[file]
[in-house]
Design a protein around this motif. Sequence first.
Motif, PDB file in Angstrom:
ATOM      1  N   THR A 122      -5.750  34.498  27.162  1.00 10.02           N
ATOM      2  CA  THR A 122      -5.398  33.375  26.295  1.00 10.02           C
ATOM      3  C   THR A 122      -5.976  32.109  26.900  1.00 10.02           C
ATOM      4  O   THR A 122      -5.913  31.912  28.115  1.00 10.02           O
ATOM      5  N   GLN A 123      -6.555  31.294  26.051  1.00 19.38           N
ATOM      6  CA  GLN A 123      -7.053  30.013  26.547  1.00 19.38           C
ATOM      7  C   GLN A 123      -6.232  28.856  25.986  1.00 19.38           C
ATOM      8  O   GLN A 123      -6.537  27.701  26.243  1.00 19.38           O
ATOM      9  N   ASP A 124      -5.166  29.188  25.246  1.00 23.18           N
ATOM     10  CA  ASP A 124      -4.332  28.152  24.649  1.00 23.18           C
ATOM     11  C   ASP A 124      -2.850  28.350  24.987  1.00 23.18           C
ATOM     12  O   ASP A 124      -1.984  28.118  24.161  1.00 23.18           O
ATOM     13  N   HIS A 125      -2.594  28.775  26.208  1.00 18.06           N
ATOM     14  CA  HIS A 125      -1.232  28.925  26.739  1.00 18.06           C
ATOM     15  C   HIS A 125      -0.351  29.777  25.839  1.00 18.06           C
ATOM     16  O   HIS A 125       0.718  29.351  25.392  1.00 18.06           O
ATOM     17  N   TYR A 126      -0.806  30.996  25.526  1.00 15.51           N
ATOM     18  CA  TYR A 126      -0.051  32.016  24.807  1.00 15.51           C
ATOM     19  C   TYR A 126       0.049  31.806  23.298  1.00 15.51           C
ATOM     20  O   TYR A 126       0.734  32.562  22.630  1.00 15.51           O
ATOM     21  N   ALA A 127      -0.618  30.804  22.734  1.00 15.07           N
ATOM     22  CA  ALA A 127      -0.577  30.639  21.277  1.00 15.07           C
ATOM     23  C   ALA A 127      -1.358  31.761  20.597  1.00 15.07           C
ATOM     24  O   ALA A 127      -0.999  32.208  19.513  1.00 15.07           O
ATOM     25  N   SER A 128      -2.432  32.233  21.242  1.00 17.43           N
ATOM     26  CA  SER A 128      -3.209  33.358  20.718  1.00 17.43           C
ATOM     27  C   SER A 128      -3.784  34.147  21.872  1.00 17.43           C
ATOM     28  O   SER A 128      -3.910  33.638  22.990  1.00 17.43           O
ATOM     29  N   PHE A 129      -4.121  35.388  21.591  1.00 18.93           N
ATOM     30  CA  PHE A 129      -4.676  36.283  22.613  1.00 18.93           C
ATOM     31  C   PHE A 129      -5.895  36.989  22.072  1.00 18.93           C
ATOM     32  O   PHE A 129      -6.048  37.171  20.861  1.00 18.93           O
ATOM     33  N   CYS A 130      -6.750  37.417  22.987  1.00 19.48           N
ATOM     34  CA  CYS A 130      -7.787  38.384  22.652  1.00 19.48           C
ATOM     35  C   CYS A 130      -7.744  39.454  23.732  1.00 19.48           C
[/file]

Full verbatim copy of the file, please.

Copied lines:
[in-house]
Design a protein around this motif. Sequence first.
Motif, PDB file in Angstrom:
ATOM      1  N   THR A 122      -5.750  34.498  27.162  1.00 10.02           N
ATOM      2  CA  THR A 122      -5.398  33.375  26.295  1.00 10.02           C
ATOM      3  C   THR A 122      -5.976  32.109  26.900  1.00 10.02           C
ATOM      4  O   THR A 122      -5.913  31.912  28.115  1.00 10.02           O
ATOM      5  N   GLN A 123      -6.555  31.294  26.051  1.00 19.38           N
ATOM      6  CA  GLN A 123      -7.053  30.013  26.547  1.00 19.38           C
ATOM      7  C   GLN A 123      -6.232  28.856  25.986  1.00 19.38           C
ATOM      8  O   GLN A 123      -6.537  27.701  26.243  1.00 19.38           O
ATOM      9  N   ASP A 124      -5.166  29.188  25.246  1.00 23.18           N
ATOM     10  CA  ASP A 124      -4.332  28.152  24.649  1.00 23.18           C
ATOM     11  C   ASP A 124      -2.850  28.350  24.987  1.00 23.18           C
ATOM     12  O   ASP A 124      -1.984  28.118  24.161  1.00 23.18           O
ATOM     13  N   HIS A 125      -2.594  28.775  26.208  1.00 18.06           N
ATOM     14  CA  HIS A 125      -1.232  28.925  26.739  1.00 18.06           C
ATOM     15  C   HIS A 125      -0.351  29.777  25.839  1.00 18.06           C
ATOM     16  O   HIS A 125       0.718  29.351  25.392  1.00 18.06           O
ATOM     17  N   TYR A 126      -0.806  30.996  25.526  1.00 15.51           N
ATOM     18  CA  TYR A 126      -0.051  32.016  24.807  1.00 15.51           C
ATOM     19  C   TYR A 126       0.049  31.806  23.298  1.00 15.51           C
ATOM     20  O   TYR A 126       0.734  32.562  22.630  1.00 15.51           O
ATOM     21  N   ALA A 127      -0.618  30.804  22.734  1.00 15.07           N
ATOM     22  CA  ALA A 127      -0.577  30.639  21.277  1.00 15.07           C
ATOM     23  C   ALA A 127      -1.358  31.761  20.597  1.00 15.07           C
ATOM     24  O   ALA A 127      -0.999  32.208  19.513  1.00 15.07           O
ATOM     25  N   SER A 128      -2.432  32.233  21.242  1.00 17.43           N
ATOM     26  CA  SER A 128      -3.209  33.358  20.718  1.00 17.43           C
ATOM     27  C   SER A 128      -3.784  34.147  21.872  1.00 17.43           C
ATOM     28  O   SER A 128      -3.910  33.638  22.990  1.00 17.43           O
ATOM     29  N   PHE A 129      -4.121  35.388  21.591  1.00 18.93           N
ATOM     30  CA  PHE A 129      -4.676  36.283  22.613  1.00 18.93           C
ATOM     31  C   PHE A 129      -5.895  36.989  22.072  1.00 18.93           C
ATOM     32  O   PHE A 129      -6.048  37.171  20.861  1.00 18.93           O
ATOM     33  N   CYS A 130      -6.750  37.417  22.987  1.00 19.48           N
ATOM     34  CA  CYS A 130      -7.787  38.384  22.652  1.00 19.48           C
ATOM     35  C   CYS A 130      -7.744  39.454  23.732  1.00 19.48           C